Bazi's Reviews > An Education: My Life Might Have Turned Out Differently if I Had Just Said No

An Education by Lynn Barber
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's review
Oct 03, 2011

bookshelves: memoir
Read from October 03 to 05, 2011

I had never heard of Lynn Barber before I saw "An Education," although she's apparently quite the accoladed interviewer. I'm not quite sure where she was going with this book though. I do like her voice, she seems to know her own mind. But with most of the subjects she talked about I felt like whenever we were getting down to the nitty-gritty she stopped short. It's a short book and everything feels very bullet-pointed and brief. It could've been interesting from a this-is-what-it-was-like-to-work-at-a-magazine-then perspective but although she does talk about it a little it feels like a whirlwind. For example when she went to interview Bob Guiccione in New York after she had already left Penthouse. She said he had a huge house, lots of art he had always coveted, and earlier she had implied she wasn't a fan of his girlfriend Kathy. The next sentence then goes on to say she had flown back to London and after the interview was printed Bob called her and told her never to come to New York again because her interview had upset Kathy so much. Barber jokes about she always was kind of scared to go back to New York, but that's it. Well, what had she said? Why was it such a big deal? We don't get anything else. I guess she was trying to walk that line with being honest, not stepping on anyone's toes, and not boring people with facts.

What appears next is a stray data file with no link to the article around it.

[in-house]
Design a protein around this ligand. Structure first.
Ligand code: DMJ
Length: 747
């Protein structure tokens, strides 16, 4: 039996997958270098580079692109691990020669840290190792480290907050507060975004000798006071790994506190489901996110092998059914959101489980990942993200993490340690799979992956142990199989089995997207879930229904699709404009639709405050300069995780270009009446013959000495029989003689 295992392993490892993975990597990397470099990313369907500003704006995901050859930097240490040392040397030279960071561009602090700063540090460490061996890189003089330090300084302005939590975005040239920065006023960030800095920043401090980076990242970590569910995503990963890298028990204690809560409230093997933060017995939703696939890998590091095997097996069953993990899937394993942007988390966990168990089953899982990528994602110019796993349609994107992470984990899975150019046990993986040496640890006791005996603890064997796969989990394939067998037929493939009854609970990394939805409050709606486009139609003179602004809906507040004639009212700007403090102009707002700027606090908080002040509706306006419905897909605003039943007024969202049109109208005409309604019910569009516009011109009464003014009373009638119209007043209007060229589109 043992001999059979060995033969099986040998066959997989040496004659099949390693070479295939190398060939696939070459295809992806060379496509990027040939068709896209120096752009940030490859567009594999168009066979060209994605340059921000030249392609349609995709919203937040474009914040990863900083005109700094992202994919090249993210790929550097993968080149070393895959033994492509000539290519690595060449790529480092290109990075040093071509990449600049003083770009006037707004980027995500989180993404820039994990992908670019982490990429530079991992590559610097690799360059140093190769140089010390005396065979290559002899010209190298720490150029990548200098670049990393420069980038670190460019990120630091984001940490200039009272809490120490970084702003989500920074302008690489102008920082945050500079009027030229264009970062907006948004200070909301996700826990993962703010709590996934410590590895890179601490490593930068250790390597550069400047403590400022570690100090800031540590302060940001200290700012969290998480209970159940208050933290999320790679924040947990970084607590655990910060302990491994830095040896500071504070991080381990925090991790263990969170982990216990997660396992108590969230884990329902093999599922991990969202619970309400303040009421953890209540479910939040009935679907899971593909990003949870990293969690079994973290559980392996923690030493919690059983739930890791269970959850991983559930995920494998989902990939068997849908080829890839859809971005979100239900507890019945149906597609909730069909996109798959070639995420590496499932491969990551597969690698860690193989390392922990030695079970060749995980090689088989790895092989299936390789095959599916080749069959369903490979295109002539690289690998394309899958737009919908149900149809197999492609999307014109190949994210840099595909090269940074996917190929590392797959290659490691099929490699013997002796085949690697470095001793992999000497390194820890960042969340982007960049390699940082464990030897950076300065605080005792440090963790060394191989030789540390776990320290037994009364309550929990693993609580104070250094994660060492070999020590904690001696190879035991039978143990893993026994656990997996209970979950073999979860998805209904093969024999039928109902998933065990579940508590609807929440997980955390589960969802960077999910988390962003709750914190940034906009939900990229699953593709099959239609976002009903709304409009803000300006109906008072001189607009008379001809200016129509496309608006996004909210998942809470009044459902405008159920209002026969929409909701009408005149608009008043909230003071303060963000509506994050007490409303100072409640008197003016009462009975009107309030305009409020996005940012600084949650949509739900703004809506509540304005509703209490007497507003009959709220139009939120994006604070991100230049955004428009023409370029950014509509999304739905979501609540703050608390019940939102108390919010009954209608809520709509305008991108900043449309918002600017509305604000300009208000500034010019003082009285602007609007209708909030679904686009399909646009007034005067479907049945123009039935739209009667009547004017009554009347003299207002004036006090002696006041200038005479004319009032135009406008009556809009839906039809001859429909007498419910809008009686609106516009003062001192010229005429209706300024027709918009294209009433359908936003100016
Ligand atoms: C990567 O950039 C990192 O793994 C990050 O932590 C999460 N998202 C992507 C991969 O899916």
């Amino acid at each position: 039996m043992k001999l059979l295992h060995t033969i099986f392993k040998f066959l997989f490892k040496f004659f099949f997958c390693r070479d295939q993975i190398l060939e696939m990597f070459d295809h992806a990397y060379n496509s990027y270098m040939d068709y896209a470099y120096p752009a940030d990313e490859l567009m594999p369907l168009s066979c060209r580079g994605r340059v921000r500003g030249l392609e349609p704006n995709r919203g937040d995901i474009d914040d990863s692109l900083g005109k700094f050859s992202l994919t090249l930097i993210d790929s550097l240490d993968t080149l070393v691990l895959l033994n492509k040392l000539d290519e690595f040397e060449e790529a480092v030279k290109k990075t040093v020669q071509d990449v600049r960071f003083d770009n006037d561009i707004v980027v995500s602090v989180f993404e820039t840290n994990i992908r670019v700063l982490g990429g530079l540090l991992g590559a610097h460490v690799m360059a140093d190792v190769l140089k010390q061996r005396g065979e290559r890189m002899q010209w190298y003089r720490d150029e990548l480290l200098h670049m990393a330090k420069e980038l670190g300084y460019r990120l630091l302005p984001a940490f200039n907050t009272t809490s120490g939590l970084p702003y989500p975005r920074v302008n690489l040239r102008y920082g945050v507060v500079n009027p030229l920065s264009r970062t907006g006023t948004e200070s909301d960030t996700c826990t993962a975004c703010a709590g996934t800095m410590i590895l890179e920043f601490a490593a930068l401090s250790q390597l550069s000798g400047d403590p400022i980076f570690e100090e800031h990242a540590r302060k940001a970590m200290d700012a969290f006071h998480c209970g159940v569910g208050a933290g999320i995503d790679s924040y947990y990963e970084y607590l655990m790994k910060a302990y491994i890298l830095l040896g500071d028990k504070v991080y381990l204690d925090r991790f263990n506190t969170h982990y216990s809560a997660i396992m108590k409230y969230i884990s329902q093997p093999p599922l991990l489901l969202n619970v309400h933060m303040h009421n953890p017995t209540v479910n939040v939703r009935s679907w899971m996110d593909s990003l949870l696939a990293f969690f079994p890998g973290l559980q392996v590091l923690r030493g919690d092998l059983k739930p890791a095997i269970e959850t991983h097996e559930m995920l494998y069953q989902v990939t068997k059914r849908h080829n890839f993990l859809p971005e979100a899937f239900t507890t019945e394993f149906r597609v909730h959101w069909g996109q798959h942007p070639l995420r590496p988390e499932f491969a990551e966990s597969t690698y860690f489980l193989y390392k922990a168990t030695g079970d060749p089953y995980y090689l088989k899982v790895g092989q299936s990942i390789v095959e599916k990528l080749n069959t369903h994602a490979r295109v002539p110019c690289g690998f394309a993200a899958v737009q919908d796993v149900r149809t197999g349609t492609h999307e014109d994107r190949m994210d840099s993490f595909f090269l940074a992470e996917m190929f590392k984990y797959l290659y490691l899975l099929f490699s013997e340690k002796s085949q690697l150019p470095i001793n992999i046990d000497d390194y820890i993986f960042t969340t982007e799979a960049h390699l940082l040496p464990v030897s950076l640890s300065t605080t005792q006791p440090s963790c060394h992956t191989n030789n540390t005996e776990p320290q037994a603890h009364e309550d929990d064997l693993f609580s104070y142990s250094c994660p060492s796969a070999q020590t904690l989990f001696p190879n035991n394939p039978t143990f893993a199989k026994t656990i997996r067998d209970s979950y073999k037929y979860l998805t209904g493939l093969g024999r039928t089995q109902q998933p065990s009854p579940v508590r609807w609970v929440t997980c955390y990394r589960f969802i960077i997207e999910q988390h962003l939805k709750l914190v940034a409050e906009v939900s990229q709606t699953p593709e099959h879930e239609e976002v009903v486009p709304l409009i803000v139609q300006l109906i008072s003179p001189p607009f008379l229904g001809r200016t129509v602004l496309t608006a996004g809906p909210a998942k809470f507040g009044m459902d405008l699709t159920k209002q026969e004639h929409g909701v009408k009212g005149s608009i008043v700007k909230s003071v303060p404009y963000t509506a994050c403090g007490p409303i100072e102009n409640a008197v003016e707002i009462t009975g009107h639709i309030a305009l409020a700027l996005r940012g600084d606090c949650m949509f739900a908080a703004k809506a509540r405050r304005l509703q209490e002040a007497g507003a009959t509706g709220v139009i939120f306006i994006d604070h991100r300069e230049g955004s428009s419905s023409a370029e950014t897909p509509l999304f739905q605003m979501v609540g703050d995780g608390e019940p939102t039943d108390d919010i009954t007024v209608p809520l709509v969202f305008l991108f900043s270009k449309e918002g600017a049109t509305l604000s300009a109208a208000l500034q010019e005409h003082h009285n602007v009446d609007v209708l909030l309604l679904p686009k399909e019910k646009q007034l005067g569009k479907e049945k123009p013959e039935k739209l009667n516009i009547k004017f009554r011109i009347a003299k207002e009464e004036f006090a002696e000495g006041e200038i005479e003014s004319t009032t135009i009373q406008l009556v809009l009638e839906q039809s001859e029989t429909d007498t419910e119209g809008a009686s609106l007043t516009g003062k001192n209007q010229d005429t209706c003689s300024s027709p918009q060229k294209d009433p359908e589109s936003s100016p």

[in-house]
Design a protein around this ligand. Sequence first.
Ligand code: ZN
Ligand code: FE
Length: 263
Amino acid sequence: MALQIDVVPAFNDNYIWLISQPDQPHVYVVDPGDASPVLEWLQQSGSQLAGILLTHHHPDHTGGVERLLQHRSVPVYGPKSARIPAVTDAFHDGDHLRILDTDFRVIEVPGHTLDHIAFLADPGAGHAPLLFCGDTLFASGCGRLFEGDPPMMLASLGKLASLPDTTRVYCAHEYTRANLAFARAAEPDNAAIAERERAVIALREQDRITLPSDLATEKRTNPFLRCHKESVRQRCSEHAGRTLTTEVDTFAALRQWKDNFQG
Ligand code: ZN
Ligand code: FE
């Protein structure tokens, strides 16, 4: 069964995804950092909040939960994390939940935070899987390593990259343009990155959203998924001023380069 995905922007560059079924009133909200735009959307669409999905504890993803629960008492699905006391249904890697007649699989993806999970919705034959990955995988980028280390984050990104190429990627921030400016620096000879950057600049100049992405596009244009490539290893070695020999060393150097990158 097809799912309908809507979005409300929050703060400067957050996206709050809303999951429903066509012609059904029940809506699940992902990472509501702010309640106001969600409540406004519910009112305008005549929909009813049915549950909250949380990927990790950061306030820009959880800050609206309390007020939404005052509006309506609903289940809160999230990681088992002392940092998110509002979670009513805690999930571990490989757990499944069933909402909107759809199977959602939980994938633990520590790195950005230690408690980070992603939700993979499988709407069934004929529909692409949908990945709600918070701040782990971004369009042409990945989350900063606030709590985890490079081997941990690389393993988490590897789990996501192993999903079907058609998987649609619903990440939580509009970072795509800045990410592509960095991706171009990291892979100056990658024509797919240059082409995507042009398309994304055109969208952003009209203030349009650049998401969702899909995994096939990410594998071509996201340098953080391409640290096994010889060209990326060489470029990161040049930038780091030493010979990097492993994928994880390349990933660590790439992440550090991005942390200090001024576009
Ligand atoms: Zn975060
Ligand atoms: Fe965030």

I was excited to read about her time at Oxford but it was really just a brief account of her sexual escapades which, good for you girl, but was rather boring. She talks warmly and frankly about her husband and marriage, her decision to have kids. The blow-by-blow account of his last hospital stay was really hard to read.

While I enjoyed hearing stories from this cool lady I wouldn't know how to frame it as a book recommendation to someone. It's not really about the magazine industry, or her family, or a how-does-she-do-it juggling act between the two. But I think if anyone wanted a memoir that had a more realistic perspective then a tendency to over-dramatize, this is it.

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